Word Pairs


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The words
A language expert says using a full stop to [send / end] sentences in text messages can look [rude / rudely] . A full stop is used in British English; in American English, this punctuation mark is called a [period / interval] . Linguist Gretchen McCulloch says [more / most] and more people think ending messages with a full stop is rude. She said this view is most [commonly / common] in younger people who use [instance / instant] messaging apps like Twitter and Facebook Messenger. Ms McCulloch said people [prefer / rather] to send a completely new message instead [of / for] ending a sentence with a full stop. She said: "If you're a young person and you're sending a message to [no one / someone] , the default way to break up your thoughts is to send each [thought / think] as a new message."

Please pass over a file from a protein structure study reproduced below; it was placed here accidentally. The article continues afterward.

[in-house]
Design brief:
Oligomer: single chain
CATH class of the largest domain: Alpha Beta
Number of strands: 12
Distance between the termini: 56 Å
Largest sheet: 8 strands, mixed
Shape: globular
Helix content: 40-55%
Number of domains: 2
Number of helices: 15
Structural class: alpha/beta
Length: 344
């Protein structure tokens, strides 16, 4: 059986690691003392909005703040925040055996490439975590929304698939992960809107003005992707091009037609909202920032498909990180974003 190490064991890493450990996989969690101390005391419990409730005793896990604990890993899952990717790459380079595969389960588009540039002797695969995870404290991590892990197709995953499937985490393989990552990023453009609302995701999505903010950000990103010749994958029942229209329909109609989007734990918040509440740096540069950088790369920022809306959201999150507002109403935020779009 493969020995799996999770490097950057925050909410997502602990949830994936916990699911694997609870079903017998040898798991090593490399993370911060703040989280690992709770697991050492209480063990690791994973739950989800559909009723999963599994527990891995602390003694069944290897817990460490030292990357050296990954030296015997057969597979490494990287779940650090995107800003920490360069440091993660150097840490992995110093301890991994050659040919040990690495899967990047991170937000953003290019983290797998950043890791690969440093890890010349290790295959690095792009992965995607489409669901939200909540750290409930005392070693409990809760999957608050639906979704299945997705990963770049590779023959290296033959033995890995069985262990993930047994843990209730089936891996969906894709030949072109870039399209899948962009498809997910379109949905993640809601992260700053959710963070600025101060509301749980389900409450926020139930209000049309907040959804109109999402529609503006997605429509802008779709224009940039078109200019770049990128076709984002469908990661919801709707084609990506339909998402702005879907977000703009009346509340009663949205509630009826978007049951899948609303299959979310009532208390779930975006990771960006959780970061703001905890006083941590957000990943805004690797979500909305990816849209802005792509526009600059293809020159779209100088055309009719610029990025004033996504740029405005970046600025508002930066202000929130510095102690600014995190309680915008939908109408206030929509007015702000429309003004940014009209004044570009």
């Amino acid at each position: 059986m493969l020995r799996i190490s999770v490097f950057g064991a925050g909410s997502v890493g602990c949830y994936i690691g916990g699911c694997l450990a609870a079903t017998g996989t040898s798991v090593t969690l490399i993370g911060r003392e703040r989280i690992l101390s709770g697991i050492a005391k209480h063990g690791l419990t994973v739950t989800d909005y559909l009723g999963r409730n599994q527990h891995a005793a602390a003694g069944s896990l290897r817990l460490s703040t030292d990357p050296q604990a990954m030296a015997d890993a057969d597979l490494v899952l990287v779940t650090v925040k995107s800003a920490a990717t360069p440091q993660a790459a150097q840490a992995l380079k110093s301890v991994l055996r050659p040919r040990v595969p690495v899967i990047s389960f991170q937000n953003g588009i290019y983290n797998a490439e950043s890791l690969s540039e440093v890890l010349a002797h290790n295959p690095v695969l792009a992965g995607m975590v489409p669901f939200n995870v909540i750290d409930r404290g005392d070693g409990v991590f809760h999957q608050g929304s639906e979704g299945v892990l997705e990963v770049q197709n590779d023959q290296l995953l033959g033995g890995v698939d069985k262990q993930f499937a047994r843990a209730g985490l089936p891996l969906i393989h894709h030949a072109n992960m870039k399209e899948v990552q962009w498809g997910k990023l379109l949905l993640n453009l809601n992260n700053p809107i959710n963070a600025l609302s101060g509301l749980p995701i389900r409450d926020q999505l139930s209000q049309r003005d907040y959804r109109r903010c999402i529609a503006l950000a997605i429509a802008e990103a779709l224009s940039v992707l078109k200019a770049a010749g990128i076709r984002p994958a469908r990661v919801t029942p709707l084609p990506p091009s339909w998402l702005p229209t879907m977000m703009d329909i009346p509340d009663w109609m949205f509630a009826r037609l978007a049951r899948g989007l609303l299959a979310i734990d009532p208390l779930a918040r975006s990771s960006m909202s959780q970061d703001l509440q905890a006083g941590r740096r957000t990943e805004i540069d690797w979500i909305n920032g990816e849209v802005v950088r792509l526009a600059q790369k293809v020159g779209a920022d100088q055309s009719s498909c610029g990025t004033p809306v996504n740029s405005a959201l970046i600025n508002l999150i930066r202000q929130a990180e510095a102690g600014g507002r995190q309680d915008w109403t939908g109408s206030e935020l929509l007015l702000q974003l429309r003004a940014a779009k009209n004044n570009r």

The full stop dates [past / back] around 2,300 years. It is an [essential / key] part of writing today. School teachers can put [many / lots] of comments in red ink on a student's writing if that student forgets to add the full stop at the end of his or [her / their] sentence. However, technology is changing the way we [writing / write] . Most people now use abbreviations or acronyms in text messages. They might use [a / the] acronym 'LOL' instead of writing 'laugh out loud,' or the [abbreviation / abbreviate] 'fyi' rather than typing 'for your information'. Ms McCulloch says not using the full stop helps the writer [save / saving] time. She also says that a full stop can make the writer look a little [aggression / aggressive] . Many people prefer to end a sentence with an emoji or emoticon instead of a [full / fully] stop :-)

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